Netflix has raised prices three times since 2017. In the last round, they knocked it up another $2 for the premium 4k service and $1.50 for the standard HD service. Since the 2017 price hike (not including it), they have raised prices on those two plans 41-43% in the space of 5 years. This puts Netflix at 24% above an inflation-adjusted price. But has Netflix gotten 24% better since 2017?
At the end of the month, all of their “original” MCU series will leave the service for some eventual home in Disney’s roster of Disney+ and Hulu. Furthermore, they’ve basically lost content they used to license from Paramount, Warner, NBC/Universal, Disney, Fox, AMC, etc. As everyone and their brother rushes to start their own streaming service and claws back content from Amazon and Netflix, Netflix hasn’t gotten 24% better. It’s gotten worse. It’s had to backfill with a TON of foreign-made content. And while shows like Squid Game have gone viral, most of the other content has been more miss than hit.
Meanwhile it cancels shows like Cowboy Bebop, which haven’t had time to hit their stride.
Yes, Amazon is increasing the price of Prime by $1.66 a month this year as well. But they have been rolling out new content, bought MGM and access to its incredible back catalog and production experience, added IMDb.tv with some breakout shows like Alex Rider, and for an annual cost that’s 42% cheaper than Netflix, I also get Prime Music, Prime Shipping, Prime discounts at Whole Foods, free Amazon Fresh delivery, Prime Day specials, and Prime shipping on my everyday purchases (including some of the BEST customer service in the business). And in full disclosure, as of this writing, I do not work for Amazon, though I have spent 11.5 years with 4 of their divisions during my life.
Paramount Plus, which offered an attractive $50 deal for my first year is kicking in a $99 price next month. At $4.16 a month, it was barely worthwhile. We watched the Star Trek based shows (Discovery, Picard, Lower Decks), but we had very limited engagement with the CBS content and the other original films and series were lackluster. We’ll keep it just long enough to finish out Discovery season 4 and Picard season 2. Then we’ll drop it. Also, seriously Viacom, I’m not going to subscribe to Showtime for The Man Who Fell to Earth and Paramount Plus for Halo. I’ll quit the service for 6-9 months and then come back see what’s in the back catalog.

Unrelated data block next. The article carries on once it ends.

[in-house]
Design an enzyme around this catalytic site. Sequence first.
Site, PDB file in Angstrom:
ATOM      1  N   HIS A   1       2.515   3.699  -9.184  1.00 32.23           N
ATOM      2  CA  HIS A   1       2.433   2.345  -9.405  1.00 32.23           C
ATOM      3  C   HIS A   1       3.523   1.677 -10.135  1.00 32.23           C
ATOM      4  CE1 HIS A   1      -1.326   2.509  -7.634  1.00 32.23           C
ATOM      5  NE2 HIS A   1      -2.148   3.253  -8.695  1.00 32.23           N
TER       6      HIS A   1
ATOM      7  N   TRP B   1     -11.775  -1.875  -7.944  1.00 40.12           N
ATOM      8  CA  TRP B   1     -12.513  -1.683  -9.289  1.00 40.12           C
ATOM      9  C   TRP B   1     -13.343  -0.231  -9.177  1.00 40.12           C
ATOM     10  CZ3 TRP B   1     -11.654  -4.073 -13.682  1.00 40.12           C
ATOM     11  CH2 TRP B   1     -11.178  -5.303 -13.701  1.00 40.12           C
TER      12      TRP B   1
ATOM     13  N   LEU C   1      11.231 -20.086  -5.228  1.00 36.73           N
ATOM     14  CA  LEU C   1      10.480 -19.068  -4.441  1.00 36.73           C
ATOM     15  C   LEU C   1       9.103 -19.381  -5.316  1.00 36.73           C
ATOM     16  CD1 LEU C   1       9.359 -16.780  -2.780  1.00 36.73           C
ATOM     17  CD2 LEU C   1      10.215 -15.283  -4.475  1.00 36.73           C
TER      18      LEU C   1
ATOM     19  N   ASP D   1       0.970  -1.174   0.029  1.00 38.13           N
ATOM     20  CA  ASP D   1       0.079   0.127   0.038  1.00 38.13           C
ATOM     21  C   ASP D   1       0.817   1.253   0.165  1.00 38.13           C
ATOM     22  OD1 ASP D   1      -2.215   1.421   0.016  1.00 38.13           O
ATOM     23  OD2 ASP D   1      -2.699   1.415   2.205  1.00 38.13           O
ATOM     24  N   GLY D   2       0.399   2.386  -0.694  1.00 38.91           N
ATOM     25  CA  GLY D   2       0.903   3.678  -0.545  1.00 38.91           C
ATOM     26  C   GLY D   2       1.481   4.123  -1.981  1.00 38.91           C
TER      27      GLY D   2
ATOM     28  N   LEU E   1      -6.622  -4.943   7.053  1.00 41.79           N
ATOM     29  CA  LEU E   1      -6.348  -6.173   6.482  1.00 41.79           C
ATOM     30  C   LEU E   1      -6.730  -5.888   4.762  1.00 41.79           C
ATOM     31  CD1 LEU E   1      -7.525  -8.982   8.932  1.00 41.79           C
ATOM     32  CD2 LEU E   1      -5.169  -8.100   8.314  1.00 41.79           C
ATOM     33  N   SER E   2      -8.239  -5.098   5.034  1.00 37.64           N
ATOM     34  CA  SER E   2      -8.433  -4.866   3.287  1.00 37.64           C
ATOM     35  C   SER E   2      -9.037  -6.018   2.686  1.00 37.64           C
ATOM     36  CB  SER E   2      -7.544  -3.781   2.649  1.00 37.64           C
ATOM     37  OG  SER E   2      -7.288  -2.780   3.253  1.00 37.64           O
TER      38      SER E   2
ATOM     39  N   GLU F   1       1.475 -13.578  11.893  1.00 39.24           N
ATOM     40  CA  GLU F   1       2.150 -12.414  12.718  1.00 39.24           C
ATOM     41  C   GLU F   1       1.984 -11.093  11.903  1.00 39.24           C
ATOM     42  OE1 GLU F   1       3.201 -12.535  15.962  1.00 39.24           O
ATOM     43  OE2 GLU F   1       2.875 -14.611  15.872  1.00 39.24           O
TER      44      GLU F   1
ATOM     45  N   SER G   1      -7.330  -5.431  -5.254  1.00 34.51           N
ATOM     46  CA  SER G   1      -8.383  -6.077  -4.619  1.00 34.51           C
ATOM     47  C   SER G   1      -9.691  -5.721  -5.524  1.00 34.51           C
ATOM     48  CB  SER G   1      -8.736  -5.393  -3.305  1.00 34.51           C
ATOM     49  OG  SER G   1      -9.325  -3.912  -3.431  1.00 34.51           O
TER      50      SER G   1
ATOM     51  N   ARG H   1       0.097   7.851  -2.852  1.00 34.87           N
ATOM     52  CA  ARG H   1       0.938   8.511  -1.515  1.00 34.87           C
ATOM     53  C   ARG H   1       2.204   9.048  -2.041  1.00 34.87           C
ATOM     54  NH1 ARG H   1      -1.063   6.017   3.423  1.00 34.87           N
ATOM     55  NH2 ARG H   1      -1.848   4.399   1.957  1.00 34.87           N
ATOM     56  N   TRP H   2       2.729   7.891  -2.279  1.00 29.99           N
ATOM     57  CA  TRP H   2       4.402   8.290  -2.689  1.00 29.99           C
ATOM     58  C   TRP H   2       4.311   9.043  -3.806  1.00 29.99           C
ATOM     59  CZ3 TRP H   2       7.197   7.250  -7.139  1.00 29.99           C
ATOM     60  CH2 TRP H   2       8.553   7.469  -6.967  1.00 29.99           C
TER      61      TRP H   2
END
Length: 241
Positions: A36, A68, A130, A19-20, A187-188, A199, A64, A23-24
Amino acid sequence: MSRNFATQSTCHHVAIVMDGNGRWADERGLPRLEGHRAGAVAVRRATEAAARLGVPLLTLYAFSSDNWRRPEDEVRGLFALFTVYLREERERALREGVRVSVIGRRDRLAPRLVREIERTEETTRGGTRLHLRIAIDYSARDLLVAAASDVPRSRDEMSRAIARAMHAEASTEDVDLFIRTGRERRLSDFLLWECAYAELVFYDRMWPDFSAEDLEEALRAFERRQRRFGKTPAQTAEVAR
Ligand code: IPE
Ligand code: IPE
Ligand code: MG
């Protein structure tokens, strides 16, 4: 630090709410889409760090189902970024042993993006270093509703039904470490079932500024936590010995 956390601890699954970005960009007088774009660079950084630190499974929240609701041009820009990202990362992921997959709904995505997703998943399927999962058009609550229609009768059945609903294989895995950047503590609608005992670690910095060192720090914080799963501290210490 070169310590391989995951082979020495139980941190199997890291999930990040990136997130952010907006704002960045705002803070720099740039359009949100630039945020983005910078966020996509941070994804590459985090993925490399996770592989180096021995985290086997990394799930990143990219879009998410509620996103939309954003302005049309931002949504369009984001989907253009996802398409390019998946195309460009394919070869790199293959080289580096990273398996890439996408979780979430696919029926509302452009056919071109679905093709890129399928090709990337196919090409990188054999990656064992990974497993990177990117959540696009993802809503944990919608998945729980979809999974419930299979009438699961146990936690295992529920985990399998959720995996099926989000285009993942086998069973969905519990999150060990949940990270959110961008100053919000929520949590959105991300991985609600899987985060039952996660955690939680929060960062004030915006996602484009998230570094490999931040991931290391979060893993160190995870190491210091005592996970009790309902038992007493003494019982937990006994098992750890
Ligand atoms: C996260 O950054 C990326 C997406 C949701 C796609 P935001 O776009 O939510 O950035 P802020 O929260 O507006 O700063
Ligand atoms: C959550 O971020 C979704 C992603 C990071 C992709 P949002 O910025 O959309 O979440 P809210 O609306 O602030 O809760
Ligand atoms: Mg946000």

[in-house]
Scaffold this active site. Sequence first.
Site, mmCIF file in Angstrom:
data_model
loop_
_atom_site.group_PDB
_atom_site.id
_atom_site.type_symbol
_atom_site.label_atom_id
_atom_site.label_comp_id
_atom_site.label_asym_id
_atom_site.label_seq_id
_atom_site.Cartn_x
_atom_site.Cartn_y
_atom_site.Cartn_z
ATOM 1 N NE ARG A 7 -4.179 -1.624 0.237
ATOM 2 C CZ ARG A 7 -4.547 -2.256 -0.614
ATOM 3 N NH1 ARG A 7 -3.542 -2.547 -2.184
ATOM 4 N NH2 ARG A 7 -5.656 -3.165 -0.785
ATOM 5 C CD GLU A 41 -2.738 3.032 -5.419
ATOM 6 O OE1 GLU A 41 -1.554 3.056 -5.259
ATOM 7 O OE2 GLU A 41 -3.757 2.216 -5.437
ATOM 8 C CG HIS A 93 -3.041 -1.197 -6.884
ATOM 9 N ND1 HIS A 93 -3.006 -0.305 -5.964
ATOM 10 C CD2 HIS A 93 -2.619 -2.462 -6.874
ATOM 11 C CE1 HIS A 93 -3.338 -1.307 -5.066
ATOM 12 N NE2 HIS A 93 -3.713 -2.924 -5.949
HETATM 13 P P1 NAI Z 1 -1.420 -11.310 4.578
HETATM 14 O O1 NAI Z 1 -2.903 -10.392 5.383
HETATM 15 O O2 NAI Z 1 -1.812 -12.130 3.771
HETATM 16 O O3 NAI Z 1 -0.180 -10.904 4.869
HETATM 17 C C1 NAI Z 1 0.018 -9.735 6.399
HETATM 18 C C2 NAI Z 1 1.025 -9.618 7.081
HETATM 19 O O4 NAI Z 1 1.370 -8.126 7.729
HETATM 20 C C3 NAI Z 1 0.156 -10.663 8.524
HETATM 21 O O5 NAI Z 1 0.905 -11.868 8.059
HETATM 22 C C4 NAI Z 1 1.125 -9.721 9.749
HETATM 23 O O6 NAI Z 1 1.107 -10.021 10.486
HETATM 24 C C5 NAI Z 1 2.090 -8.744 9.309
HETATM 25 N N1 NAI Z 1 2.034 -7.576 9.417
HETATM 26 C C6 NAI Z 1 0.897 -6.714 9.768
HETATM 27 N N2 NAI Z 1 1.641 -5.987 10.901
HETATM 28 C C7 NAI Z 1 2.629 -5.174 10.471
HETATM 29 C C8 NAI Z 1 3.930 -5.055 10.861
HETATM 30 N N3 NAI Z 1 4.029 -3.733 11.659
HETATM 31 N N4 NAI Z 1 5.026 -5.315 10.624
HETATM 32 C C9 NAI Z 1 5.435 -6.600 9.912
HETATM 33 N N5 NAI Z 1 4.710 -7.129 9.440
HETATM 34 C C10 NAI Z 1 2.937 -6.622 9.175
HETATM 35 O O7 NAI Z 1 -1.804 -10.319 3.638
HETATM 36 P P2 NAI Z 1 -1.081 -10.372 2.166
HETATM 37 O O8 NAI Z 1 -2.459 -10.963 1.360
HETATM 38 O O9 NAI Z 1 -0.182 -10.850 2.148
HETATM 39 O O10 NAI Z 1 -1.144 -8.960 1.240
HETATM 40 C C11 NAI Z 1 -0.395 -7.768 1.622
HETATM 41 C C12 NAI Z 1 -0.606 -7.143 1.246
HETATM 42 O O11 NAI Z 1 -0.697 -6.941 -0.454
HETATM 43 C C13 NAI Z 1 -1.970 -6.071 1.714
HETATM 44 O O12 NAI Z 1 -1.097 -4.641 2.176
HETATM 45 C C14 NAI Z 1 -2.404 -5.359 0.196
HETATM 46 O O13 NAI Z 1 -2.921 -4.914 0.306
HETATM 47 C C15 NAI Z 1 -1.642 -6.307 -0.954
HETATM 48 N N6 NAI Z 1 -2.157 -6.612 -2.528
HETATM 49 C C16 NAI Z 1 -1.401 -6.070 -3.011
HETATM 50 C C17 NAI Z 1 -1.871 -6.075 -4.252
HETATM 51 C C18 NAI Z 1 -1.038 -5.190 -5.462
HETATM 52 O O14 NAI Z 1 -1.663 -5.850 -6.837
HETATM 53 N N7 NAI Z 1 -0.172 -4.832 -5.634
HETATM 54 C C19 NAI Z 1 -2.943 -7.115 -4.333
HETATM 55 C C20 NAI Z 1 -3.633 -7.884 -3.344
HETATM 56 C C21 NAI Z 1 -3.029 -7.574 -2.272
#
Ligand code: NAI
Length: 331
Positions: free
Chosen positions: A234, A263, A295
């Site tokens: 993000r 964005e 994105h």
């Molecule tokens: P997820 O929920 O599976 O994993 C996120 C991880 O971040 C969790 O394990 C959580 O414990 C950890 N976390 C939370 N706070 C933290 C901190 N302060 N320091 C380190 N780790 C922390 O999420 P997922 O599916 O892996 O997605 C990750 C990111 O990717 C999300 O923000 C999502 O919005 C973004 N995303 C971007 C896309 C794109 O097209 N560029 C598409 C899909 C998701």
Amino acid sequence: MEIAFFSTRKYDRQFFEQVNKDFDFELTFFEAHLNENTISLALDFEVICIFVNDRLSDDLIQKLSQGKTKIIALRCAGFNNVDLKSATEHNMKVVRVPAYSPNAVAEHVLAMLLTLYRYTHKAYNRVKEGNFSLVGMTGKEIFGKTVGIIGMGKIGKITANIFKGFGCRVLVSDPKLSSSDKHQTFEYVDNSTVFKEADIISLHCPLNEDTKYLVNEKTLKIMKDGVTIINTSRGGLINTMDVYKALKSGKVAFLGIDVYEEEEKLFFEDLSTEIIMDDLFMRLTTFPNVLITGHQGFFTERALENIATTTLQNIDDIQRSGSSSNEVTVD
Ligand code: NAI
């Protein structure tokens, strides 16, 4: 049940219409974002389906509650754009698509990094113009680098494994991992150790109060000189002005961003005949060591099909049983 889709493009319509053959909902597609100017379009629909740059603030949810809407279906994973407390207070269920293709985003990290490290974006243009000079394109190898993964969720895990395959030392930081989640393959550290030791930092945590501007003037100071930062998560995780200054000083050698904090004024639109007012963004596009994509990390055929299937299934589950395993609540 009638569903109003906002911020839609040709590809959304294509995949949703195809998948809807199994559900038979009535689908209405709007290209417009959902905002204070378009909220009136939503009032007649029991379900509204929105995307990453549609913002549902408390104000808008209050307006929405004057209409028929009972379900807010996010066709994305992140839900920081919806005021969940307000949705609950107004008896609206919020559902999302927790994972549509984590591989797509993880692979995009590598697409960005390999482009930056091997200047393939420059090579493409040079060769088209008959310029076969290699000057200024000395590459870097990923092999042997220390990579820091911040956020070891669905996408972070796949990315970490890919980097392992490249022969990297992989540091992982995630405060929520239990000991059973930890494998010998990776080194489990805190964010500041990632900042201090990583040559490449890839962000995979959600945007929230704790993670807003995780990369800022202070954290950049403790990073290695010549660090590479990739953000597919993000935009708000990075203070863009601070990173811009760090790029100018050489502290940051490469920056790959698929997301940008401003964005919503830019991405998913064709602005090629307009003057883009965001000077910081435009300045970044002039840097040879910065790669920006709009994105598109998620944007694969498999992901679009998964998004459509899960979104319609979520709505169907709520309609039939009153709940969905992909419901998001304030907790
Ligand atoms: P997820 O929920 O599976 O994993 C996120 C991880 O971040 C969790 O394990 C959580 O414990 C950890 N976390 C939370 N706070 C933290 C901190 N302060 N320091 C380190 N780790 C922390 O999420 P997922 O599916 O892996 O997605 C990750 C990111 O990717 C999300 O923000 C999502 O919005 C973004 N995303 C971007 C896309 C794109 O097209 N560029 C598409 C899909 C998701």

Apple Plus, which offered a free year when I bought my Mac Mini, was similar. We loved Ted Lasso and liked Foundation, For All Mankind, and Schmigadoon, but the service wasn’t worth paying for as we went into 2022. We’ll join back up when Ted Lasso season 3 is ready.
Disney Plus had a Marvel or Star Wars series constantly running and those have been good. We bought the 3-year intro deal back in 2019, so we’ll be keeping it until late this year, but if they keep dribbling out new series, we’ll take a 6-12 month break. There’s going to be a long wait for the next Mandalorian or Loki anyway.
HBO Max actually got better pricing as we went, offering a 1-year deal that was way better than the monthly. But once we churned through the back-catalog of superhero shows and HBO originals (like A Black Lady Sketch Show), the pace of new content we wanted to watch slowed. We have our one-year deal until the summer, then who knows? And while HBO Max prominently advertises some shows like Doctor Who and Superman & Lois, they don’t get the latest episodes. You have to wait until the seasons conclude (and maybe then some).
Hulu must air Top Chef episodes the day of or the day after airing on Bravo or they’ll get cancelled in March too. I can catch up with Shoresy and their other content when the next season of Letterkenny drops and I re-join.
Maybe you’re seeing a theme. Except for Amazon, all the rest are likely to get dropped for 6-9 months to build up their back catalogs before we re-join. Instead of paying $85+ a month for Netflix, Starz, HBO Max, Apple Plus, Paramount Plus, Disney Plus, Hulu, AMC Plus, Peacock, Showtime, Epix, etc. We’re setting a streaming budget in our house. When we’ve churned through a service’s catalog, we’ll drop it and re-up with another. Most services will be 9 months off and 3 months on. And to save $50+ or so a month, it’ll be worth the effort.
All the fracturing of all the content providers into their own little streaming fiefdoms has meant Netflix has gone from the great aggregator of pop-culture TV and post-cable movies to a wasteland of Taiwanese soap operas, Korean sci-fi, and Turkish fantasy with some original English-language content thrown in here and there. Meanwhile, everyone who thought they could go it alone is providing disappointing experiences overall. They have underwhelming user interfaces which make content hard to discover, poor coverage on various smart TVs (got the $24 for a year Black Friday deal for AMC+ just to get my BBC America shows, but they only have the AMC Premiere app on Samsung TVs), and they all have too thin an offering to make their monthly rates worthwhile.
To make a something for everyone, these streaming services end up with not enough for me. When it was all going to Amazon and Netflix, there was a gracious plenty at each. I’m not going to pick up anyone’s “live TV” services (Hulu, Sling, YouTube) because I refuse to be forced to pay $30-65 a month to get the 5 channels I watch and then have to subsidize channels I not only don’t watch, but actively dislike. So it looks like I’ll be employing “crop rotation” with my streaming subscriptions until a few of the services lose so much money they start licensing their content to Netflix and Amazon again.